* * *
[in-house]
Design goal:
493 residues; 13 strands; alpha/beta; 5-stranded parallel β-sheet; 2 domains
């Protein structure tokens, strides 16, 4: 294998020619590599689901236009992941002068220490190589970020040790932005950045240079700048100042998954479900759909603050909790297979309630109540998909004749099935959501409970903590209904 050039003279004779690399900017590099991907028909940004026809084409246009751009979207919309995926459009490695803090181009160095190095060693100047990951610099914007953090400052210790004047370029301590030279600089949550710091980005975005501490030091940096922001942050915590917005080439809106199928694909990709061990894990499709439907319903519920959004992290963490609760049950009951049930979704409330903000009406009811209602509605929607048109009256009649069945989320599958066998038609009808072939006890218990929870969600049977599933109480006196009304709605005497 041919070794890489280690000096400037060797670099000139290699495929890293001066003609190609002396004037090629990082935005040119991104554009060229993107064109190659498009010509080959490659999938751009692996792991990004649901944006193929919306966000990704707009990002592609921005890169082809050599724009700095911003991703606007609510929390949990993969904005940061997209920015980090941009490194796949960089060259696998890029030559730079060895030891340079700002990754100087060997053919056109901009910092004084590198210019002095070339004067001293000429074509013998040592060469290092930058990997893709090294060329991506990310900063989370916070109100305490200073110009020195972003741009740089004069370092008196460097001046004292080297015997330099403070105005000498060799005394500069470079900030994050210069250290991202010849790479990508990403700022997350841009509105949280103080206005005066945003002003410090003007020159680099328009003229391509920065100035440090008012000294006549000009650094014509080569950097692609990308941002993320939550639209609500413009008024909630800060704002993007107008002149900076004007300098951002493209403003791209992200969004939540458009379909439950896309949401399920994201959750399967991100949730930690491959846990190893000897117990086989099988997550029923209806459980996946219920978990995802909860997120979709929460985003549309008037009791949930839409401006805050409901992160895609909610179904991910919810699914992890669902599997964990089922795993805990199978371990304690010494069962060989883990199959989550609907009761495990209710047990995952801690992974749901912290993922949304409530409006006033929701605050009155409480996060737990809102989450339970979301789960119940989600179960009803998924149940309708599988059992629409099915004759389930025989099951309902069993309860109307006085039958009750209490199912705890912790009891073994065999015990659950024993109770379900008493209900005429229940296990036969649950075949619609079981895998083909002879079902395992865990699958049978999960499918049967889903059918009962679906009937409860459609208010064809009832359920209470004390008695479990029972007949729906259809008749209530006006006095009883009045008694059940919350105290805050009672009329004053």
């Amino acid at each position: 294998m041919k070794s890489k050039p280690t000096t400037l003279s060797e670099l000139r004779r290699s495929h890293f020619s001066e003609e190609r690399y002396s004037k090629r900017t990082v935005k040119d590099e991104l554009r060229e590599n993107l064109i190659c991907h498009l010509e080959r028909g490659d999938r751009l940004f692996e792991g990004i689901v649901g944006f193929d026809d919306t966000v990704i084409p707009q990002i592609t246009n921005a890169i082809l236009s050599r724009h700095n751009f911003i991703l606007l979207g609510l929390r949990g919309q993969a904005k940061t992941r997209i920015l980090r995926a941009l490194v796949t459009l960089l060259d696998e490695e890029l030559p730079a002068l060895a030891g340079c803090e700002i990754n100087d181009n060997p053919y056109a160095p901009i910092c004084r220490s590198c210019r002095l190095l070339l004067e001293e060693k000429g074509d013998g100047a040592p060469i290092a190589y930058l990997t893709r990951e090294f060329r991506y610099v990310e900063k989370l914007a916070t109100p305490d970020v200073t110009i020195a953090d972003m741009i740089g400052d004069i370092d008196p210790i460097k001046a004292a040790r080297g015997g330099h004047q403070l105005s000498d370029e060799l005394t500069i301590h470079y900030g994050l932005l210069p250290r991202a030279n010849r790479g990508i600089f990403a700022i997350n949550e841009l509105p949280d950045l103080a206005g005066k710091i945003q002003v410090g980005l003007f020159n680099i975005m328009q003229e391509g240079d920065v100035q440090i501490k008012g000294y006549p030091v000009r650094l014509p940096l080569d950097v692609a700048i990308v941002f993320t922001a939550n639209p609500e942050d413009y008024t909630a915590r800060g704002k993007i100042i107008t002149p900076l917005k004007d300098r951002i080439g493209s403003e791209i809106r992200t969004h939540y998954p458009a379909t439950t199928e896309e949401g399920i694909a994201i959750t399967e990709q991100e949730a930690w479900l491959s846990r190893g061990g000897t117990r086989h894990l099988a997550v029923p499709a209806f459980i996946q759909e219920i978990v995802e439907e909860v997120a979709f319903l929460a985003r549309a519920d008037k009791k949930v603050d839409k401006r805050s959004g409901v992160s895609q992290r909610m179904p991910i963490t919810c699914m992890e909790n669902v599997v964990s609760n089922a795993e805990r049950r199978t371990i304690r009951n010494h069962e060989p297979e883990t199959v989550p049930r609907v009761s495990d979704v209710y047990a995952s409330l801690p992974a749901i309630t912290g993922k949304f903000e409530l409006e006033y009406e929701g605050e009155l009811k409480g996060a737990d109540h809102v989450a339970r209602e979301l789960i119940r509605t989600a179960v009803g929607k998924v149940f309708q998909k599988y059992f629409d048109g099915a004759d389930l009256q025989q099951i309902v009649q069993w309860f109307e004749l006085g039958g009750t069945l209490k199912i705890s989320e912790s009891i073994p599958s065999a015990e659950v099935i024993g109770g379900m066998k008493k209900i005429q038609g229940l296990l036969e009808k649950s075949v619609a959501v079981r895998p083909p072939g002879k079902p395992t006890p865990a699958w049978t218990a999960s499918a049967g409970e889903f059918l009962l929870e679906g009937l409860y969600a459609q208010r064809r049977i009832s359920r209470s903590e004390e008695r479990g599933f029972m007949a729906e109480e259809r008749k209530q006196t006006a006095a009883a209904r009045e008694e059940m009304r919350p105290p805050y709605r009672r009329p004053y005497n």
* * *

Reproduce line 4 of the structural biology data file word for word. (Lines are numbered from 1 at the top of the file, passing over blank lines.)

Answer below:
């Protein structure tokens, strides 16, 4: 294998020619590599689901236009992941002068220490190589970020040790932005950045240079700048100042998954479900759909603050909790297979309630109540998909004749099935959501409970903590209904 050039003279004779690399900017590099991907028909940004026809084409246009751009979207919309995926459009490695803090181009160095190095060693100047990951610099914007953090400052210790004047370029301590030279600089949550710091980005975005501490030091940096922001942050915590917005080439809106199928694909990709061990894990499709439907319903519920959004992290963490609760049950009951049930979704409330903000009406009811209602509605929607048109009256009649069945989320599958066998038609009808072939006890218990929870969600049977599933109480006196009304709605005497 041919070794890489280690000096400037060797670099000139290699495929890293001066003609190609002396004037090629990082935005040119991104554009060229993107064109190659498009010509080959490659999938751009692996792991990004649901944006193929919306966000990704707009990002592609921005890169082809050599724009700095911003991703606007609510929390949990993969904005940061997209920015980090941009490194796949960089060259696998890029030559730079060895030891340079700002990754100087060997053919056109901009910092004084590198210019002095070339004067001293000429074509013998040592060469290092930058990997893709090294060329991506990310900063989370916070109100305490200073110009020195972003741009740089004069370092008196460097001046004292080297015997330099403070105005000498060799005394500069470079900030994050210069250290991202010849790479990508990403700022997350841009509105949280103080206005005066945003002003410090003007020159680099328009003229391509920065100035440090008012000294006549000009650094014509080569950097692609990308941002993320939550639209609500413009008024909630800060704002993007107008002149900076004007300098951002493209403003791209992200969004939540458009379909439950896309949401399920994201959750399967991100949730930690491959846990190893000897117990086989099988997550029923209806459980996946219920978990995802909860997120979709929460985003549309008037009791949930839409401006805050409901992160895609909610179904991910919810699914992890669902599997964990089922795993805990199978371990304690010494069962060989883990199959989550609907009761495990209710047990995952801690992974749901912290993922949304409530409006006033929701605050009155409480996060737990809102989450339970979301789960119940989600179960009803998924149940309708599988059992629409099915004759389930025989099951309902069993309860109307006085039958009750209490199912705890912790009891073994065999015990659950024993109770379900008493209900005429229940296990036969649950075949619609079981895998083909002879079902395992865990699958049978999960499918049967889903059918009962679906009937409860459609208010064809009832359920209470004390008695479990029972007949729906259809008749209530006006006095009883009045008694059940919350105290805050009672009329004053």